In the absence of a reported market price, determining a fair price for corn silage is a negotiation between buyer and seller. As in most negotiations, the fair price is what the seller and buyer agree to, but there are many variables to consider in negotiating that price.
The biggest factors in determining price are the feed value of the silage, which is of interest to the buyer, and replacing the potential corn grain value, which is of interest to the seller, says Iowa State University Extension livestock specialist Russ Euken.
The feed value can be determined by the cost of alternative feed — such as corn grain and forage — or by using a feed analysis. In addition to the corn price and potential corn yield, there are other factors to consider. These include moisture and maturity at harvest, additional nutrient removal with silage harvest, alternative forage price and potential harvest and storage losses.
Using the silage price calculator
A rule of thumb for pricing is using a factor of eight times the corn price for standing corn, and 10 times the price of corn for harvested silage per ton for typical silage, Euken says. To help fine-tune pricing, consider using a spreadsheet or silage price calculator, which can help take many of those considerations into account. One such tool is available on the Iowa State Ag Decision Maker website. The spreadsheet helps determine a minimum price from the viewpoint of the seller and a maximum price for the viewpoint of the buyer.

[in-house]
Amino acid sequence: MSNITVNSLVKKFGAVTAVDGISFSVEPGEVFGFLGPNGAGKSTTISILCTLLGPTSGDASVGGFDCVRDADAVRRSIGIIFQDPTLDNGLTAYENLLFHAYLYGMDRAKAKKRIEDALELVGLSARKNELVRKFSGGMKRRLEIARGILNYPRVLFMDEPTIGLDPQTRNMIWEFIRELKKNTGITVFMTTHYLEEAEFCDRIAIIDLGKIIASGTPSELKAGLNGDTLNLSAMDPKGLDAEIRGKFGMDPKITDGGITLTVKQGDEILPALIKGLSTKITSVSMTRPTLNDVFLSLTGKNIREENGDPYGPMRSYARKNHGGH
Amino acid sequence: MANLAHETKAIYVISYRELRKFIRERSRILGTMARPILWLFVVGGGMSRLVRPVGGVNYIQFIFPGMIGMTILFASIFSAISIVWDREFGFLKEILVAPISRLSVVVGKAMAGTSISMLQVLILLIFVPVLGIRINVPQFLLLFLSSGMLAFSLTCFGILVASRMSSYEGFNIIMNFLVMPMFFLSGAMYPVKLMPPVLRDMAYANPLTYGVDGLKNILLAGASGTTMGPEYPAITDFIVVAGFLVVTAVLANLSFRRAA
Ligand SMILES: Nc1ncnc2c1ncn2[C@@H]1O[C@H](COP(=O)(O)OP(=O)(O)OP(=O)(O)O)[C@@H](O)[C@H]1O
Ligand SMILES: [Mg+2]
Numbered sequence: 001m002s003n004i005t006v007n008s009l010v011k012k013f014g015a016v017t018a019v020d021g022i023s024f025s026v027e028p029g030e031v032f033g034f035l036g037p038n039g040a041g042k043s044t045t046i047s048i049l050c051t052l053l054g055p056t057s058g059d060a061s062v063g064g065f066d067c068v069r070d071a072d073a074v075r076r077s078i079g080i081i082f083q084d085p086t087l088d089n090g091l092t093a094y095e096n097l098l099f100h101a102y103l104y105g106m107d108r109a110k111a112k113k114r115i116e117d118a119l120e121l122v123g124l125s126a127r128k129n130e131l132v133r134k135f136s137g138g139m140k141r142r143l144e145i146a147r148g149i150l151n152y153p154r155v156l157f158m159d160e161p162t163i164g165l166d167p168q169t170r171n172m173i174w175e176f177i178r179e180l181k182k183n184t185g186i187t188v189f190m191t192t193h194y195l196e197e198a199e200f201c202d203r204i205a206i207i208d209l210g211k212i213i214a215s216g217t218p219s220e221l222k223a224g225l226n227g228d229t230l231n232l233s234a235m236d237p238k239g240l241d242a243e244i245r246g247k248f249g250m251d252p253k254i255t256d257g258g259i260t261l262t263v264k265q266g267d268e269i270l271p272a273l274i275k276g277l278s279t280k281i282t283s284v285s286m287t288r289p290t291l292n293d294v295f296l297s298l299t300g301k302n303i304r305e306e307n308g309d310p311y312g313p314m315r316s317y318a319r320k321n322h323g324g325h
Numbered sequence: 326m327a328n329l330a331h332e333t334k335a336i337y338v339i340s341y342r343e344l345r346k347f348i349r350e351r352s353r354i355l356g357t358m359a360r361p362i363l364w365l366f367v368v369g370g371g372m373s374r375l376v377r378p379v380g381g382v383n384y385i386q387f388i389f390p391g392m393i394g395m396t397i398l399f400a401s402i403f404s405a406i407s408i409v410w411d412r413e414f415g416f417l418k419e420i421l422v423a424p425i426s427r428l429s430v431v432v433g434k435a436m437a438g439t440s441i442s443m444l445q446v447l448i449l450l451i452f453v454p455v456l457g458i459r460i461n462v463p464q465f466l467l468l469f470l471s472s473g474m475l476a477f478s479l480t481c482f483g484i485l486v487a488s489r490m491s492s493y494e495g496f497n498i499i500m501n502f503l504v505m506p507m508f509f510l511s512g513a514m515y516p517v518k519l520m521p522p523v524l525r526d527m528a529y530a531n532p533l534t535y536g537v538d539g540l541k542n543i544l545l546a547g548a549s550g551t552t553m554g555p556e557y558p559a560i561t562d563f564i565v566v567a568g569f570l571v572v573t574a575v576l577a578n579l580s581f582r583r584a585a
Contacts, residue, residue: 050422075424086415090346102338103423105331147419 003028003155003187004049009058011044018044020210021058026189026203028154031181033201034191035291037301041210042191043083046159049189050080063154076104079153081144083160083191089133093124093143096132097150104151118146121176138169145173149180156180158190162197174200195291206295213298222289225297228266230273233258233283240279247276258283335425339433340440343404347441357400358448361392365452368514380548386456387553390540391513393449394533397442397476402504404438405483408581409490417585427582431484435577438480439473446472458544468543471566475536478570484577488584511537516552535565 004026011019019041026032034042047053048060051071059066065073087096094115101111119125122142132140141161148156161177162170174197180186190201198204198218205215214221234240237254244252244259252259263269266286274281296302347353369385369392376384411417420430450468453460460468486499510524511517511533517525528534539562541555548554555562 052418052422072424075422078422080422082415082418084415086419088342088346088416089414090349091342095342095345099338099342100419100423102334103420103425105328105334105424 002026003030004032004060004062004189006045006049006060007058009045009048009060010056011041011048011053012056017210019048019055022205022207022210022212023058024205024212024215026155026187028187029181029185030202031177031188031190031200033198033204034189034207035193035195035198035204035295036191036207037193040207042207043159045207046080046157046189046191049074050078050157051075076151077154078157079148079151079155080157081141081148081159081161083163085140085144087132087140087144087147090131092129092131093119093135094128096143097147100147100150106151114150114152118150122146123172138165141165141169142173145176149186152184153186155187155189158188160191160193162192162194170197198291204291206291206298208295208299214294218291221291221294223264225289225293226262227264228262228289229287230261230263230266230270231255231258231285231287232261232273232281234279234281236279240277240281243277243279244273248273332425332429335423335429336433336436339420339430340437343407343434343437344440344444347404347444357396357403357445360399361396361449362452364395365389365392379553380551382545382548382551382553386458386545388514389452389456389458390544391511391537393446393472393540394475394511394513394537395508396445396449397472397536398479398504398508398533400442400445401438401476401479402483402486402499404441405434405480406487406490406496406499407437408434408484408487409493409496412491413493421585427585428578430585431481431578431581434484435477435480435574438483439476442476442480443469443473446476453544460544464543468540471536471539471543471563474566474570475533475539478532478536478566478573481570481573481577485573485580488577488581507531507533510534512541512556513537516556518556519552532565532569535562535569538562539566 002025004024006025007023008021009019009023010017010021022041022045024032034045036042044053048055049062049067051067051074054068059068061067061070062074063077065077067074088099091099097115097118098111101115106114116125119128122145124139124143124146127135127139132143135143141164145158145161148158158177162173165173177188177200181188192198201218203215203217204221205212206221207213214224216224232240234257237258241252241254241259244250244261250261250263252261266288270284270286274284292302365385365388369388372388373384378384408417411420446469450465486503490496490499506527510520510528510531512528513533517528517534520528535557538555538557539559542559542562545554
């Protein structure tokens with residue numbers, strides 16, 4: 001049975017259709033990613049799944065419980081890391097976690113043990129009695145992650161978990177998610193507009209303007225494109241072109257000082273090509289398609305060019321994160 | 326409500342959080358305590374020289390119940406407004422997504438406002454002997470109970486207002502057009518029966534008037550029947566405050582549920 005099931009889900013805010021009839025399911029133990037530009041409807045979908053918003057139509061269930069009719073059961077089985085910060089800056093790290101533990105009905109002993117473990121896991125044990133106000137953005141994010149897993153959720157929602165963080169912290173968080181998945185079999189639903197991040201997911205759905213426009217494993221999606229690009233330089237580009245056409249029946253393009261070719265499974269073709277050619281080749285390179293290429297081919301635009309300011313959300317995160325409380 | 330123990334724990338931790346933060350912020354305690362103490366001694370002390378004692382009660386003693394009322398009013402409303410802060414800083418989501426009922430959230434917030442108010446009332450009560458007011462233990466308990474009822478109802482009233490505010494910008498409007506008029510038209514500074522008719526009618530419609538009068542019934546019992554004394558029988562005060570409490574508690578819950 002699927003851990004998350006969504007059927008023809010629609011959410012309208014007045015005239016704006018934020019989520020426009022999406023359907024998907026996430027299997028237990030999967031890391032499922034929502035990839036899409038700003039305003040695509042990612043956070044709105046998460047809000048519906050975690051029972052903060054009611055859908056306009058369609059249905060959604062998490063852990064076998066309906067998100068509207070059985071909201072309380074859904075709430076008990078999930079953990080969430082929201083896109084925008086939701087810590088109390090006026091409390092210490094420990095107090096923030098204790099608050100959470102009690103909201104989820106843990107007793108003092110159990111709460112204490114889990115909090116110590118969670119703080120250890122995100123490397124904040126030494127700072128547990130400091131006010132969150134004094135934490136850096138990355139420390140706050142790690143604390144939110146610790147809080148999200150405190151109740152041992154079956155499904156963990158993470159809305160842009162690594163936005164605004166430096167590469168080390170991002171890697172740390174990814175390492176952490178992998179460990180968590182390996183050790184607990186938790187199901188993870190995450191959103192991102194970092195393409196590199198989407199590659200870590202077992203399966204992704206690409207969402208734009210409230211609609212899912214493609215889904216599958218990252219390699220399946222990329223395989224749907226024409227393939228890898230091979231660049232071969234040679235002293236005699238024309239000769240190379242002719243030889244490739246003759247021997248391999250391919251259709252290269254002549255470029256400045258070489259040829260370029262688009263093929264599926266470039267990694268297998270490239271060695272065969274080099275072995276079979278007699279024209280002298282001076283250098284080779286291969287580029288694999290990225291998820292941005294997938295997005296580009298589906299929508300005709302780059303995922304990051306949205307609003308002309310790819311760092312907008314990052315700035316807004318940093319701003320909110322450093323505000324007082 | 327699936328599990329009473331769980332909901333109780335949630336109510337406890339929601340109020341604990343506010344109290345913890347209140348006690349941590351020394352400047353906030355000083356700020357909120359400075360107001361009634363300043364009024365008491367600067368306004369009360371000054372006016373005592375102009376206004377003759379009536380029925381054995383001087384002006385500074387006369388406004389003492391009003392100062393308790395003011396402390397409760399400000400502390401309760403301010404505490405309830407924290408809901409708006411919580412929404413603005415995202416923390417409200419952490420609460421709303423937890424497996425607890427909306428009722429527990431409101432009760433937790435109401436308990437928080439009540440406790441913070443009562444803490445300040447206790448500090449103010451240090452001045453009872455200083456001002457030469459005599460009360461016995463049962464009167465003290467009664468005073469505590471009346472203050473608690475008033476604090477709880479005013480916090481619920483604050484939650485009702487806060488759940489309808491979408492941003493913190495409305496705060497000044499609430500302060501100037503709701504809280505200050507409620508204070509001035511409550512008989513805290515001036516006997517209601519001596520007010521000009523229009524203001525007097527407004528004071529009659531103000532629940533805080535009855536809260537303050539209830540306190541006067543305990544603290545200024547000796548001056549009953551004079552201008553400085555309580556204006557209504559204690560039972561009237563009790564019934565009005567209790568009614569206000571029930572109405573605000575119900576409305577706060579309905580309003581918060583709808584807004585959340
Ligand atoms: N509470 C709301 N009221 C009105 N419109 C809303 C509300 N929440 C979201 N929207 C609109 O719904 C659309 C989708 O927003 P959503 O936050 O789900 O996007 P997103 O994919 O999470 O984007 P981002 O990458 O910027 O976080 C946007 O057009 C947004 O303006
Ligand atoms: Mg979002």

Use the spreadsheet and make the following assumptions for harvesting and storage costs and additional fertilizer costs:
- $35 per acre for grain harvest and $85 for silage harvest
- 5 cents per bushel to handle and store grain and $2.50 per ton to handle and store silage
- 20 cents per bushel for drying corn
- 35 cents for phosphorus and potassium fertilizer
- $60 per ton for alternative forage
Then estimating a 180-bushel corn grain yield at $3.75 per bushel, or a 23-ton-per-acre corn silage yield at 35% dry matter, the average of minimum price and maximum price is $30.75 per ton of silage. This is 8.2 times the corn price as unharvested, or $36.75 per ton of silage, which is 9.8 times the corn price, as a harvested crop.
If yield lower, is price lower?
For a comparison, using the same set of assumptions but a lower estimated 140-bushel corn yield and price of $3.50 per bushel, or a lower estimated 18 ton per acre of corn silage yield at 35% dry matter, the average of minimum and maximum prices is $28 per ton or eight times the price of corn as unharvested silage, and $35 per ton or 10 times the price of corn as harvested silage.